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Menswear issue 09/22/2014

The word dream comes up a lot in conversation with Philipp Plein.

The 36-year-old German designer used it twenty-two times during a two-hour interview at his fashion company’s headquarters, in Lugano, Switzerland. “For me,” he says, “the biggest luxury in life is to make a dream come true.”

This story first appeared in the September 22, 2014 issue of WWD. Subscribe Today.

He launched his eponymous fashion collection, known for its use of embroidered Swarovski skulls, ten years ago. In 2013, his company generated revenues of $178 million, he says, and now it operates thirty-nine stores around the world.

For all his talk of dreams, Plein is a practical man, who, at one point in our talk, called himself a “money machine.”

Born in Munich to a well-to-do family—his father is a cardiologist—Plein spent his teenage years at the elite Schule Schloss Salem boarding school, where he developed an independent streak. His route to the fashion industry was circuitous.

“I started to go to law school,” he says, “because I wanted to study about the rights we have as human beings. Most of the people in the world, they don’t even know what their rights are, you know?” But the life of a student who was financially dependent on his parents did not sit well with him. “I wanted to become independent,” he recalls. “So I started to try to do something in my life in order to make some money, and somehow I started to design furniture.”

Trade show after trade show, he built a name for himself with minimal furnishings inspired by the Bauhaus. He started with steel-only pieces and then began to include leather printed in a small factory close to Florence. Soon, he was making bags, which were partly intended to show off the color palette of the leather he used for his furniture. An immediate hit, the bags were decorated with two Ps in the shape of a pentagon, and the brand’s logo was born. To build more buzz for his furniture line, Plein created pillows and military-style jackets decorated with Swarovski Crystals.

“I did one million euros in one year with those jackets,” Plein says. “Everybody wanted them. This is not a joke: The first day of shows, everybody came and asked, ‘Can we buy a jacket?’ There was the young lady, the young guy, the old one, the heterosexual, the gay. They went crazy for the stars and the crystals. The combination was perfect!”

But it took him by surprise, and he was not so pleased, at the time, to have potential customers more interested in the things he had created to promote his furniture line than the furniture itself. “After two days, I was so pissed,” he says. “They were looking just at the jackets!”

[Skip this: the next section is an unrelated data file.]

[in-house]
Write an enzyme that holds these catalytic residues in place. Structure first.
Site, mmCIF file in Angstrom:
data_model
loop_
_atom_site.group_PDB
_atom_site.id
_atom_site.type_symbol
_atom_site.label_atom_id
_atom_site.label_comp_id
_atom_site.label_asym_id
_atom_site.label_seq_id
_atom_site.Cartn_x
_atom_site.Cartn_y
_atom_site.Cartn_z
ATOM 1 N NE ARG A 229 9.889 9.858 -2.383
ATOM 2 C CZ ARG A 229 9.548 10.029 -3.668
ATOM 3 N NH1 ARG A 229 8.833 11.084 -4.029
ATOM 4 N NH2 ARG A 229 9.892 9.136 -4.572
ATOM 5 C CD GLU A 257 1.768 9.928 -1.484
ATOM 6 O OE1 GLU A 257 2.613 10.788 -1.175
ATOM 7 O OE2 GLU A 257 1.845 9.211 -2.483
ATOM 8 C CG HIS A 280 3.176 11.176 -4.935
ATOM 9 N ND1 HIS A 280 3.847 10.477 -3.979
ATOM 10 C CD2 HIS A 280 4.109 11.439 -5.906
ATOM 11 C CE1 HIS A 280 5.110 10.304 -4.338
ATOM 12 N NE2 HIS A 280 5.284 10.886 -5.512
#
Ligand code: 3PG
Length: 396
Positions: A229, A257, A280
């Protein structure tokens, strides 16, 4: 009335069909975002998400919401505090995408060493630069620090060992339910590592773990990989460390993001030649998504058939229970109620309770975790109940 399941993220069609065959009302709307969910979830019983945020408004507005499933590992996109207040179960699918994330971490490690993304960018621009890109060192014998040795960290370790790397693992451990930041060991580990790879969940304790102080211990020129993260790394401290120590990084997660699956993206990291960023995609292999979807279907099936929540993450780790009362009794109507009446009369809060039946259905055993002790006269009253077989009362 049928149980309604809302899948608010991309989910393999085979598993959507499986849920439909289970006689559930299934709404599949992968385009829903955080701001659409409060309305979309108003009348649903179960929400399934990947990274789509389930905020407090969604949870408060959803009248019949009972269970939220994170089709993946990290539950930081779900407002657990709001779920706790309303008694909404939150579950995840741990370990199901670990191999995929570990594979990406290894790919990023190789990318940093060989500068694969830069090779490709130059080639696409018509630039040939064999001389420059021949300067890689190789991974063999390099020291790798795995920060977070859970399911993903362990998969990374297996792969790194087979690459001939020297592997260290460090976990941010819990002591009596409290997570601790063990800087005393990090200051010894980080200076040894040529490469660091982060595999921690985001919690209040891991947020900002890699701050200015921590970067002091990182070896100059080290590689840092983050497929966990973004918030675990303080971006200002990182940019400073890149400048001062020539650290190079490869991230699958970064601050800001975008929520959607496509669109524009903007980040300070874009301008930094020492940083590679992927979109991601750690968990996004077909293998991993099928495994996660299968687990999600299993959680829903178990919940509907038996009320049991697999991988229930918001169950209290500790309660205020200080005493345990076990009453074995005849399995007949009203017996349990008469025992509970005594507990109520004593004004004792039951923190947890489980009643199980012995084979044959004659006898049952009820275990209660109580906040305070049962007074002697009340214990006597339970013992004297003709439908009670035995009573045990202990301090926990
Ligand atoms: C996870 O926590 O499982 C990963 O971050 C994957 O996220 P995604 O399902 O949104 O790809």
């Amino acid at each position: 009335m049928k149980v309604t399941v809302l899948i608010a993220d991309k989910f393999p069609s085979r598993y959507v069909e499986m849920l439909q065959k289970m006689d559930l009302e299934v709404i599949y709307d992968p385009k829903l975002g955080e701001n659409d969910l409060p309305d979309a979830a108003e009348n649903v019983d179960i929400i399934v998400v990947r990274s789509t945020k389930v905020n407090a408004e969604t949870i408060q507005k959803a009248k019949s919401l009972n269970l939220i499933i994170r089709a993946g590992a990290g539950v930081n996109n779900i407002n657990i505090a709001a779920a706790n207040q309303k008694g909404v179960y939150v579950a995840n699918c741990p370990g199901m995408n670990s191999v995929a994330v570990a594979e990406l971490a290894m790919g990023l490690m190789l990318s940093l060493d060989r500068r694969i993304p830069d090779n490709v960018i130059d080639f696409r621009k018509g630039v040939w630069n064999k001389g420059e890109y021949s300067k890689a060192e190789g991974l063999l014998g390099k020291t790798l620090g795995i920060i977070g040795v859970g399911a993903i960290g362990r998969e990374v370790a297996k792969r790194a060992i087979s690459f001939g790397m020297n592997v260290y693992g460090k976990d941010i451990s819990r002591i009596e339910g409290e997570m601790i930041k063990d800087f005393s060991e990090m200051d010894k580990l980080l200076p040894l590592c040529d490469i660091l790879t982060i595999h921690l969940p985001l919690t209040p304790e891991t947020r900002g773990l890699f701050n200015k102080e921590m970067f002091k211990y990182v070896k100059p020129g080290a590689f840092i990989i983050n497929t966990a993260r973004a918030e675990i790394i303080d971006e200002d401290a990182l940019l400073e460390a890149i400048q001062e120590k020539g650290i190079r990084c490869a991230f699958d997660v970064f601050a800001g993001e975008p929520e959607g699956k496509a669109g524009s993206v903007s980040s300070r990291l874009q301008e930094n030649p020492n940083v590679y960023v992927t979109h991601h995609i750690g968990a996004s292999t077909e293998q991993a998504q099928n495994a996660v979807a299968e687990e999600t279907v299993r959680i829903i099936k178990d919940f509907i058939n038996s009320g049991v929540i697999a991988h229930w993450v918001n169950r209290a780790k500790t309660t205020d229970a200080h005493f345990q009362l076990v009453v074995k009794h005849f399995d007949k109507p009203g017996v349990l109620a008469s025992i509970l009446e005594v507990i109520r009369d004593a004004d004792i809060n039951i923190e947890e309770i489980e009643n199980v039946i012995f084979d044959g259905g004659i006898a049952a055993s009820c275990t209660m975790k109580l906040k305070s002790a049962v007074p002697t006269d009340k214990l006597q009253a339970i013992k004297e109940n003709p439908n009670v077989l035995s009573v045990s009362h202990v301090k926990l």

After he had reconciled himself to the notion that he was a fashion designer, he went all out, putting his mark on fashion trade shows—especially at Bread & Butter in Berlin—where he made his reputation for creating grand spectacles. Once, he set up a so-called Pimp Machine, which allowed people to add crystal embroidery to their denim clothes; another season, he wowed ’em with a huge haunted-house exhibit.

“This is how I grew up in the fashion industry,” Plein says. “I was doing my furniture business, and I never believed that fashion could have become a business for me. But the problem was, I had some cool ideas, and people were getting crazy: Who is Philipp Plein? Where does he come from? Everybody went crazy.”

He fed the furious reaction with even grander displays. “I’m building a dream,” he says. “When I do a fashion show, I spend between one or two million euros. I don’t care about money. For me, money is not important, because I never had money. OK, I grew up in a nice family, but my parents didn’t support me. I was completely, 100 percent on my own risk, and I’ve always wanted to show to them that I never came back to them. Because I never wanted to give them the sensation that I failed, OK?”

Plein is aware that a certain skepticism toward his brand exists among fashion critics, but he vows he will not waver. “I read what people write about me,” he says, “but I’m not really interested in it. I’m too self-confident in what I do and in what I’ve done. I’m here to make my clients happy and myself happy. I’m not a follower. This is what I’m doing, and I don’t want to change it.” 

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